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ARCHIVE: 'Phage List' - Archives (1988 - 1989)
DOCUMENT: phage #095 [Re: spaf's (and other's) comments] (1 message, 1505 bytes)
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From: Gene Spafford <spaf>
To: phage
Date: Mon 09:50:20 07/11/1988 EST
Subject: Re: spaf's (and other's) comments
References: [Thread Prev: 093] [Thread Next: 097] [Message Prev: 094] [Message Next: 098]

In fact, there is perhaps a better analogy.

Locks built in to the handle of a door are usually quite poor;
deadbolts are a preferred lock, although they too are not always
secure.  These standard, non deadbolt locks can be opened in a few
seconds with a screwdriver or a piece of plastic by someone with little
training.

Now, if you have such a lock on your door, and you wake up in the
middle of the night to find that a stranger has broken into your home
and is wandering about, bumping into things in the dark, thus breaking
them, how do you react?  Do you excuse him because the lock is easy to
circumvent?  Do you thank him because he has shown you how poor your
locks are?

Later, if it turns out that the intruder was a bright college student,
son of a policeman, and his father was quoted in the papers as saying
"It was the work of a bored graduate student.  This will ultimately be
a good thing because people will improve the security of their homes."
wouldn't you wonder what the hell that policeman was doing on the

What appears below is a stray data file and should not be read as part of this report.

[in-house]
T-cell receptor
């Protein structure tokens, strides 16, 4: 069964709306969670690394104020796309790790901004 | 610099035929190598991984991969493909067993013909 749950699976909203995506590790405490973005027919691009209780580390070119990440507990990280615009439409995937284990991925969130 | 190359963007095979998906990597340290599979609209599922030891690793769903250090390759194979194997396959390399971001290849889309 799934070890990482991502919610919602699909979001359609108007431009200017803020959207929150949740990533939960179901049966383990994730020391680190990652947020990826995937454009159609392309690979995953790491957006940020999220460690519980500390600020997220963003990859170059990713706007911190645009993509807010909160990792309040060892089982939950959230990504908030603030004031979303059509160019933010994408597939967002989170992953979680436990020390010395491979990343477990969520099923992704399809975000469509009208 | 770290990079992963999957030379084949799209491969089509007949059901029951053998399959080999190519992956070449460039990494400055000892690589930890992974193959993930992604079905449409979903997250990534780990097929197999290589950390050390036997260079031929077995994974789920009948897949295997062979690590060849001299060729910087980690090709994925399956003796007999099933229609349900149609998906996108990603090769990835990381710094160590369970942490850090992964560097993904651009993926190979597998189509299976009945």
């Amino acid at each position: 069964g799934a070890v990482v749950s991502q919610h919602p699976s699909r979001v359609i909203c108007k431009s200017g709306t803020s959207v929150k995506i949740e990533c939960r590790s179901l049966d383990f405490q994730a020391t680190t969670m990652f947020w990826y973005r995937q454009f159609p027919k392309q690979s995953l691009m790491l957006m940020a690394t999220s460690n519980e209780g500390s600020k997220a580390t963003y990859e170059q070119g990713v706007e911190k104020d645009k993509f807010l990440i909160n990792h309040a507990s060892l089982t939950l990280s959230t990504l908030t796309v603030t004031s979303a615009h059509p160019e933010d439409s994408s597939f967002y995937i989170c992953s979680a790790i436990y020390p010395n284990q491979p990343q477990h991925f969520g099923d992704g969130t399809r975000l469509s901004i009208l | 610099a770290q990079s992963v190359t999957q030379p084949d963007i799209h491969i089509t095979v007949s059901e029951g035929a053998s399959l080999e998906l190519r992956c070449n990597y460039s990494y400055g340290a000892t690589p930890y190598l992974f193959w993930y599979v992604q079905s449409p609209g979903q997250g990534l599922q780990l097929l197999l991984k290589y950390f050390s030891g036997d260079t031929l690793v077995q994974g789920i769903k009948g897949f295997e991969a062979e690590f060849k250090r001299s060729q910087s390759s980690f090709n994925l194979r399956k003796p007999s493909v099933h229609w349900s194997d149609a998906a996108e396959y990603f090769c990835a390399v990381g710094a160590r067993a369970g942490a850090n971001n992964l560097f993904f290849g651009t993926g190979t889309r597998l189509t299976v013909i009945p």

force?

I didn't mean to slur Robert Morris, Sr.  He has demonstrated
competence and professional behavior in the past. However, if his
attitude is really as was expressed in the newspaper article, then I am
distressed.  I would hope somebody with his background and position
would stress how serious this was, not that it might be a "good
thing."  I hope it was simply a case of a distraught father being
partially quoted by the Times.

We have failed to imbue society with the understanding that computers
contain property, and that they are a form of business location.
If someone breaks our computers, they put us out of work.  If someone
steals our information, it is really theft -- not some prank gone
awry.  If someone broke into the NYT and vandalized their printing
presses, it would not be dismissed as the work of a bored college
student, and even if it was the son of the editor, I doubt anyone
would make a statement that "It will ultimately be a good thing --
we'll be forced to improve our security."

We cannot depend on making our systems completely secure.  To do so
would require that we disconnect them from each other.  There will
always be bugs and flaws, but we try to cover that by creating a sense
of responsibility and social mores that say that breaking and cracking
are bad things to do.  Now we have to demonstrate to the world that
this is the case, and we will back it up with legal action, or we'll
continue to have bored students and anti-social elements cracking
whatever we replace the systems with until there is no longer any
network.

--spaf

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